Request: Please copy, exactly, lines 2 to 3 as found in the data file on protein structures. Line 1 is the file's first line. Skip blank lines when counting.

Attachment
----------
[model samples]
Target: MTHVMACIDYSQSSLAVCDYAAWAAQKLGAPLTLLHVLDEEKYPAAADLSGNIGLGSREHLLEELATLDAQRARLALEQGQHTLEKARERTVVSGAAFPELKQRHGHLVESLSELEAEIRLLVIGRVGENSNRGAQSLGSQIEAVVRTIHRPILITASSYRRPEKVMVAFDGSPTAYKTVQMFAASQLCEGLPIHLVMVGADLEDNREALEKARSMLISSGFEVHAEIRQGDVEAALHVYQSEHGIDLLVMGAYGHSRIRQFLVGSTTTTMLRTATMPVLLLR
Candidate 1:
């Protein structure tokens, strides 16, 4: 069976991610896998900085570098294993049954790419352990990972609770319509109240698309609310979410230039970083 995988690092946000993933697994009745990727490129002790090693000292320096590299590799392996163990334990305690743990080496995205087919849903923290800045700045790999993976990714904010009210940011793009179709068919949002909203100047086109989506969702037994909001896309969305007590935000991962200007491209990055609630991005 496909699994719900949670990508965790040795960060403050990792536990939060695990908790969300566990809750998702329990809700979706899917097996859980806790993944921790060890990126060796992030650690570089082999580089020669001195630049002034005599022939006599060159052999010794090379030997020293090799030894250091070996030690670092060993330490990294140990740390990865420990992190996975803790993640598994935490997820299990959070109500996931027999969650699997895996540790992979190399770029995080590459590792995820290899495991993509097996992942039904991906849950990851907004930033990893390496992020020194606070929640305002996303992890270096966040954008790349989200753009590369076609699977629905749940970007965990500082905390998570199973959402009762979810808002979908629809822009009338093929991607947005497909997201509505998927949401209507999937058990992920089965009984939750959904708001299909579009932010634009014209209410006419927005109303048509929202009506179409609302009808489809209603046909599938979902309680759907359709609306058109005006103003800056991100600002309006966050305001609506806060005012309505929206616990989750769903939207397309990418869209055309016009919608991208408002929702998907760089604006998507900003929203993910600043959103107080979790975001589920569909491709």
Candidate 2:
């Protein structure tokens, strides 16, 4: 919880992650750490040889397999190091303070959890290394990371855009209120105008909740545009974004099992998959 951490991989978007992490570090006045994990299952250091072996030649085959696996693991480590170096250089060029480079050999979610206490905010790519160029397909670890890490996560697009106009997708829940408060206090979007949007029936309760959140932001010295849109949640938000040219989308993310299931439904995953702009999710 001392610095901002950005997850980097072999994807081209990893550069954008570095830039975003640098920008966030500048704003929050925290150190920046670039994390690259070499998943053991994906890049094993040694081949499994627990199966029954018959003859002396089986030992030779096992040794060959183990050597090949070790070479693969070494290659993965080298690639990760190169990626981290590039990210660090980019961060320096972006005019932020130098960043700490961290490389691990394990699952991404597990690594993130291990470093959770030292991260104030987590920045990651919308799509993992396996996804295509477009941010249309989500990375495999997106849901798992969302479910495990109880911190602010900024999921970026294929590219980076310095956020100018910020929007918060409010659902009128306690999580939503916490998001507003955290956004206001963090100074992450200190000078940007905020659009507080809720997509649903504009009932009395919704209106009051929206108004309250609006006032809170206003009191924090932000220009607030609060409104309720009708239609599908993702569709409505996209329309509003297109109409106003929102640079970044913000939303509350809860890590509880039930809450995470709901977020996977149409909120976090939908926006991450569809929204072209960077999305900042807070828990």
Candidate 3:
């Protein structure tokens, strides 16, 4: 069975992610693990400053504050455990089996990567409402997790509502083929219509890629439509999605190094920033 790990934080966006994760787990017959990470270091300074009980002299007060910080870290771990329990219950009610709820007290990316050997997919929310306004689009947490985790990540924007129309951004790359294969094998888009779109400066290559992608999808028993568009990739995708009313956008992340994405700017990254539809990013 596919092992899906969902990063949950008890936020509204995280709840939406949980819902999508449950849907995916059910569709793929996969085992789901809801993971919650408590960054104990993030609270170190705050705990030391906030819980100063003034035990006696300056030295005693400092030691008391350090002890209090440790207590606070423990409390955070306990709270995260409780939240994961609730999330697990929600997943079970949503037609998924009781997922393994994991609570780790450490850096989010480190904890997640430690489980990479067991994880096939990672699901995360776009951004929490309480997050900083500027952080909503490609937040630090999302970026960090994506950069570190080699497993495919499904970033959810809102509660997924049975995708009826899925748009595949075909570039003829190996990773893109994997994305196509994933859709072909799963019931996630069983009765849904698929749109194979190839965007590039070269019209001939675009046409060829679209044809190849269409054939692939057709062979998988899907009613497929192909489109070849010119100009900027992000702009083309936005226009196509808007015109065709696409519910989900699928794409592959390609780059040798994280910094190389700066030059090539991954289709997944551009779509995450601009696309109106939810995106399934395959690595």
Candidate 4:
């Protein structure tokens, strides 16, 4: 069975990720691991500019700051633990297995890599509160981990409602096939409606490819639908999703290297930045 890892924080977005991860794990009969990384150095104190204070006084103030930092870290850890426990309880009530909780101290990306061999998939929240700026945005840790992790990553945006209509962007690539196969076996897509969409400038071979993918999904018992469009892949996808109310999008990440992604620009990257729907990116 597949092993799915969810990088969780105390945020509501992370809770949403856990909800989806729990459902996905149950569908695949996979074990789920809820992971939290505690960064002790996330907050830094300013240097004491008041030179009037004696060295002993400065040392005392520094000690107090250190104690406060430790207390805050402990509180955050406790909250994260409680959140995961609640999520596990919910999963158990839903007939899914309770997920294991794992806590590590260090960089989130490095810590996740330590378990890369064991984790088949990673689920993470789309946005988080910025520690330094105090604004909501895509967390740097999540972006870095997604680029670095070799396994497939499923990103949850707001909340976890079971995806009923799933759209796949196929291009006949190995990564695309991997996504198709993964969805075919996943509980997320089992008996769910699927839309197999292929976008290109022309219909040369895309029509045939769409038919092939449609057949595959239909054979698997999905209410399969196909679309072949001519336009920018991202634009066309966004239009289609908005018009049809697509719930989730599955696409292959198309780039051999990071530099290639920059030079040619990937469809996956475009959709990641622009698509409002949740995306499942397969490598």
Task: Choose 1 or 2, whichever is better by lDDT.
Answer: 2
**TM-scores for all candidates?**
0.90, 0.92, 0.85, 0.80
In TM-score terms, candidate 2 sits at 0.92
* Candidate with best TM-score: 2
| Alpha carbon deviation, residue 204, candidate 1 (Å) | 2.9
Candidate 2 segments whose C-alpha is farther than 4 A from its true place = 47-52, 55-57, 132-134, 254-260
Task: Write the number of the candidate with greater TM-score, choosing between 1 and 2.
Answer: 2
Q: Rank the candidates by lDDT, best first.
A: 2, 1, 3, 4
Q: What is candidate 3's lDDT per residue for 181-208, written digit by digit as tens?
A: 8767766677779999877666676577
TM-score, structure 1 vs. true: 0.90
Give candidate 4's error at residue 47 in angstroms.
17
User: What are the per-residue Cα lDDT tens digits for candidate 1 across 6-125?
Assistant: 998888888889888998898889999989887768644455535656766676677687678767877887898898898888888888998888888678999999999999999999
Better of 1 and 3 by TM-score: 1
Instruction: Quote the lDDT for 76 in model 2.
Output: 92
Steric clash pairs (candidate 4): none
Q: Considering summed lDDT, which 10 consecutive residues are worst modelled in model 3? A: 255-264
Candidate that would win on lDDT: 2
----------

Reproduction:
Target: MTHVMACIDYSQSSLAVCDYAAWAAQKLGAPLTLLHVLDEEKYPAAADLSGNIGLGSREHLLEELATLDAQRARLALEQGQHTLEKARERTVVSGAAFPELKQRHGHLVESLSELEAEIRLLVIGRVGENSNRGAQSLGSQIEAVVRTIHRPILITASSYRRPEKVMVAFDGSPTAYKTVQMFAASQLCEGLPIHLVMVGADLEDNREALEKARSMLISSGFEVHAEIRQGDVEAALHVYQSEHGIDLLVMGAYGHSRIRQFLVGSTTTTMLRTATMPVLLLR
Candidate 1: